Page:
Tufts’ student theatre organization 3Ps presented “The Hungry Woman: A Mexican Medea” (1995), a play written by queer Chicana playwright Cherríe Moraga, from Nov. 16 to Nov. 18. Moraga’s play reimagines the ancient Greek myth of Medea and complicates contemporary social issues through a lens of queer Chicana narrative and Aztec lore.
Following a revolution that creates a Chicanx nation-state in the form of the mythologized ancestral Aztec homeland Aztlan, “The Hungry Woman” sees anti-homosexual patriarchal leadership exile revolutionary Medea and her son Chac-Mool to Phoenix, Ariz., upon the revelation that Medea has a woman lover, Luna.
Last week’s performances of “The Hungry Woman” drew audiences with striking set design, lighting and sound production. Lead performances by senior Nathalie Andrade as Medea and junior Chopper Carter-Schelp as Luna captured the tension and heartbreak from the original script, while chemistry between the entire cast allowed audiences to immerse themselves in complicated relationships filled with violence, sexism and homophobia, but also beauty and strength.
As a culmination of hours of rehearsal and intense personal investment, “The Hungry Woman” was a huge achievement of dramatic theater for the students involved. Andrade, who is Latina and Peruvian, explained the power that rehearsal spaces for “The Hungry Woman” provided her with.
“I think our rehearsal space was beautiful,” Andrade said. “It really built an inclusive and loving space. Reza [Mirsajadi, director of “The Hungry Woman,”] always started every rehearsal — as long as we had time for it — with a check-in just to see how everyone was feeling… Things can get hard.”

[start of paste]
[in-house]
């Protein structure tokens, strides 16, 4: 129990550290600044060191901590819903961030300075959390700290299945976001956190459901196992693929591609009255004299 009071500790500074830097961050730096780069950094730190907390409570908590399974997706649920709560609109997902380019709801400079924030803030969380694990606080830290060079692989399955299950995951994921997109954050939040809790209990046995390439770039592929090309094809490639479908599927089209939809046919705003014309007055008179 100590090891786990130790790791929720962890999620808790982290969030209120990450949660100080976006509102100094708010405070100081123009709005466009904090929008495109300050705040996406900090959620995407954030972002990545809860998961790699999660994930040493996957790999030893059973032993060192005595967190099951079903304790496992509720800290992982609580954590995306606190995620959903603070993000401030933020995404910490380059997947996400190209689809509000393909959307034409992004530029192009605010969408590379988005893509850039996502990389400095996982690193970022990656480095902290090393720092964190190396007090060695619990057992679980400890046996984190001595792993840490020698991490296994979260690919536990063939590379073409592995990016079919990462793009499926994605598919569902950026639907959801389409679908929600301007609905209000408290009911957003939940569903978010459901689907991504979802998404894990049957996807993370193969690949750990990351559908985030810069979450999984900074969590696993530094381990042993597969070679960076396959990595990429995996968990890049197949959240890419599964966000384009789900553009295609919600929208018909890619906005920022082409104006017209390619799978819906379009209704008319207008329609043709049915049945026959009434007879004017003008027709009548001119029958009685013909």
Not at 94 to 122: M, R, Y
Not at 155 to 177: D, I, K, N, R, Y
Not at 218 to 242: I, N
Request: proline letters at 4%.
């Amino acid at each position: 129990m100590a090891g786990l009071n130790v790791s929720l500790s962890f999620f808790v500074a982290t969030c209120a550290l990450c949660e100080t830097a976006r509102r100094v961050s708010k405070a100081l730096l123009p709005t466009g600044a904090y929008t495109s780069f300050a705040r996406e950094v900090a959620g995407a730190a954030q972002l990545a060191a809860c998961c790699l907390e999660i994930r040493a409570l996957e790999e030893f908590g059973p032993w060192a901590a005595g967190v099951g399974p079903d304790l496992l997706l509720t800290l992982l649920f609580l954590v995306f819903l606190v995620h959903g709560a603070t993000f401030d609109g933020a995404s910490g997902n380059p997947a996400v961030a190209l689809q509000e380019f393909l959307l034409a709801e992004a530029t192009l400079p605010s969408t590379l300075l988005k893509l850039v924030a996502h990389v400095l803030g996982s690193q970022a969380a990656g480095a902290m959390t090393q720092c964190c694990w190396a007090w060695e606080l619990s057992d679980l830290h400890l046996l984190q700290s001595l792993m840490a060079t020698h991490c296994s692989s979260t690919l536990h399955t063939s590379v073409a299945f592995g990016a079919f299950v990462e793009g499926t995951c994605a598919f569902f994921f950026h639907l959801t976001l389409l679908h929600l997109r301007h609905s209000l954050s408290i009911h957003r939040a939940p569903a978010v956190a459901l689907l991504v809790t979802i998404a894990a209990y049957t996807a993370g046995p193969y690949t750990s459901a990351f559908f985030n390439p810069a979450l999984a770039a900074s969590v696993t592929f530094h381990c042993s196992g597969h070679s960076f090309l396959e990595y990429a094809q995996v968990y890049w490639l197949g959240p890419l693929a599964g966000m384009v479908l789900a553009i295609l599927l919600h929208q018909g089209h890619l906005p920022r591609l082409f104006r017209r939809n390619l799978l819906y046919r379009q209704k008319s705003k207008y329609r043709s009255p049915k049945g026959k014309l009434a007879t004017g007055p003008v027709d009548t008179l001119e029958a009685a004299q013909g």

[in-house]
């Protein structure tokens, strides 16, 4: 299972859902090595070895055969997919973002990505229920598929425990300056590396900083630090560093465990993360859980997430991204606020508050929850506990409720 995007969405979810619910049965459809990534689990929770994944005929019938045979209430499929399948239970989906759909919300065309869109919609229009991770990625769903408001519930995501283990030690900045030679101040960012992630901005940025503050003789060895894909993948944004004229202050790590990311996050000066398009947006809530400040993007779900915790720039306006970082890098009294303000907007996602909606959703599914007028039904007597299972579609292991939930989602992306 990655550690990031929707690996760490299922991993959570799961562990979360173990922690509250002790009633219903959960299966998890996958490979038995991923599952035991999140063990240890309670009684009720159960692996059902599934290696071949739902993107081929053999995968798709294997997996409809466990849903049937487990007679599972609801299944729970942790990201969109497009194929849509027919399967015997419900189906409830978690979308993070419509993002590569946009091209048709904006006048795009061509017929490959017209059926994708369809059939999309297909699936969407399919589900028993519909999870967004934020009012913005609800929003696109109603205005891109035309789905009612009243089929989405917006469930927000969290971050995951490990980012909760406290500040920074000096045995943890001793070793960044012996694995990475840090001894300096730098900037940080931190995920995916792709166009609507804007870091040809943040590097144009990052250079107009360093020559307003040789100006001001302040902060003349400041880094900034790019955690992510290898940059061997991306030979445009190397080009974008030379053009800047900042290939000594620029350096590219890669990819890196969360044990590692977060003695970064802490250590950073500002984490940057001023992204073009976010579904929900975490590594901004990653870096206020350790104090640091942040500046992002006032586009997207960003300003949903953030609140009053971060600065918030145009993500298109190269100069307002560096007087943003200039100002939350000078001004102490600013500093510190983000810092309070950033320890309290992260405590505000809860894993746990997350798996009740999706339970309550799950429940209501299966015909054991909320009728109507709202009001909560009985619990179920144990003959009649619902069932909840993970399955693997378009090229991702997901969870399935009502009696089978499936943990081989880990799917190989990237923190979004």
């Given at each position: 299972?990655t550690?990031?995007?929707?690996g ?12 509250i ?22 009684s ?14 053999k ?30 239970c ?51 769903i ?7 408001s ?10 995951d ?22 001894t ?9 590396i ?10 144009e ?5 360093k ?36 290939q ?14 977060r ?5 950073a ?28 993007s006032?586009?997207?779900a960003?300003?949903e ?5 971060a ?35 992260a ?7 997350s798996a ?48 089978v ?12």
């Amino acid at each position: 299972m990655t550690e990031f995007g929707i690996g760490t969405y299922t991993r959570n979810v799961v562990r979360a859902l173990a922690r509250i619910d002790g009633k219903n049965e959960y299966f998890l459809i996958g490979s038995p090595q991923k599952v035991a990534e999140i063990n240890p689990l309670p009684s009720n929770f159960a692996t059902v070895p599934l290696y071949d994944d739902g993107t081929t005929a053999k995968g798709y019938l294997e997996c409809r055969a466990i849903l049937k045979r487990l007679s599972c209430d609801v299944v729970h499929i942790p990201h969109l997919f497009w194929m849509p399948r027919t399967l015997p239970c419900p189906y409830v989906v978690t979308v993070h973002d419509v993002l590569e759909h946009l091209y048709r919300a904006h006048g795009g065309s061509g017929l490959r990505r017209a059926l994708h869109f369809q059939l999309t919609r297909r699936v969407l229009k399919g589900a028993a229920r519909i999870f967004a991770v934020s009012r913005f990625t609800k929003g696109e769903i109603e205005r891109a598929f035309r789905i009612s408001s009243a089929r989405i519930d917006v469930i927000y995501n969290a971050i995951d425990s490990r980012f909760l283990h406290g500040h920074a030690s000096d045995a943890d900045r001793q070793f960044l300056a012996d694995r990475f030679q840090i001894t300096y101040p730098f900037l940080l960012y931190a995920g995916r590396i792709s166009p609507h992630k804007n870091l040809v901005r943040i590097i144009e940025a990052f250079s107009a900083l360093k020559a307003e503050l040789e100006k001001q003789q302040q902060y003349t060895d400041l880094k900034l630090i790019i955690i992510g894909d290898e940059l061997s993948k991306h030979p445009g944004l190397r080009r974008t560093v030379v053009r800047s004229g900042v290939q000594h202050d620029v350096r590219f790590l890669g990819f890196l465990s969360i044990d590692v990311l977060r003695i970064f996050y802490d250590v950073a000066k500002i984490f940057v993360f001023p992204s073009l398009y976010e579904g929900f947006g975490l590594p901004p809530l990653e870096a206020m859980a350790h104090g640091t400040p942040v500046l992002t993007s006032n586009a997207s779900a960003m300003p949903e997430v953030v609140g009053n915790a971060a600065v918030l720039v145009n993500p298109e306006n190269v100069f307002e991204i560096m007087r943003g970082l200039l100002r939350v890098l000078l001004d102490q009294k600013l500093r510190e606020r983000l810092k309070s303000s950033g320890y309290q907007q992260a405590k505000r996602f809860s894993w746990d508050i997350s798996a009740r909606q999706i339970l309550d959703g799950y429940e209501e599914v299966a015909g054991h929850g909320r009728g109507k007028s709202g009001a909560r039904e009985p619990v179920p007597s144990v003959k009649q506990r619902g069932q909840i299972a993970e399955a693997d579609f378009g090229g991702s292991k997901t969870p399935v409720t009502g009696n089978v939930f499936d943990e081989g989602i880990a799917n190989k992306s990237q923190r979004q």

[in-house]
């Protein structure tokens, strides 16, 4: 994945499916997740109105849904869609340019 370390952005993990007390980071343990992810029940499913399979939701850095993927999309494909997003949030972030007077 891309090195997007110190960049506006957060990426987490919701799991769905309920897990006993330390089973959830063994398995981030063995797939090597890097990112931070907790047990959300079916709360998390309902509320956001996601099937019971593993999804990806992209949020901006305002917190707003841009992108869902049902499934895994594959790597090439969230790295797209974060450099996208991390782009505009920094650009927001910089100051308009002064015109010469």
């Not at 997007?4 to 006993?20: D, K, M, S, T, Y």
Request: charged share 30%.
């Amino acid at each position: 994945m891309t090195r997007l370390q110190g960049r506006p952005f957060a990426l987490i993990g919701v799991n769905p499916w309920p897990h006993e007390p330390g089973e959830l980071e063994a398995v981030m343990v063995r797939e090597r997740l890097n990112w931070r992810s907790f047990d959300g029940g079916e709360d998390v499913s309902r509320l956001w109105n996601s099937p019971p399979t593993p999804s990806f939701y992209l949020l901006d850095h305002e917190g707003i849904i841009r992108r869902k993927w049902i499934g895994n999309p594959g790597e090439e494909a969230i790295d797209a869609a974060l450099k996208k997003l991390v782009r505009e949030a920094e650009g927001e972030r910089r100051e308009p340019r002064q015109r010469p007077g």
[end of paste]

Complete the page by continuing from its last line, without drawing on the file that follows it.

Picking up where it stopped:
Andrade further elaborated that these spaces involved immense personal dedication and vulnerability on the part of the cast and crew, something that ultimately showed in the performances last week.
“It brought a lot of our own personal histories to the space,” Andrade said. “We talked about our own experiences with the things that the show deals with: religion, our immigrant histories, our sexualities, our gender identities. It got really real and personal and heavy from very early on. You have to be very vulnerable to share those stories, and it’s necessary for a show like this… I think it helped us build really beautiful relationships on stage with each other.”
Carter-Schelp echoed Andrade’s thoughts on the affirmation she received through her experience being involved in “The Hungry Woman.”
“I loved being in ‘Hungry Woman,’” Carter-Schelp said. “[It] was the best space I’ve ever been in at Tufts… Being in that cast really made me realize how exclusive and marginalizing most spaces have felt, because being in ‘Hungry Woman’ felt uplifting, felt empowering, felt like people like me were the standard. Walking into a room and seeing primarily queer women and primarily Latinx-identifying individuals made me realize I’d never felt like that before at Tufts. It was an incredible, empowering room. And I hope that Tufts doesn’t get to have that only once. Because I have never been in, in my time at Tufts, the true standard… Feeling how good it felt in that space makes me want to demand that more people get spaces like that.”
But while “The Hungry Woman” was a huge achievement for the students involved, Carter-Schelp spoke from her own personal experience as a queer Puerto Rican woman who identifies herself as “white-passing,” playing a queer Chicana character, explaining some of her concerns regarding the production’s effect within the Tufts community.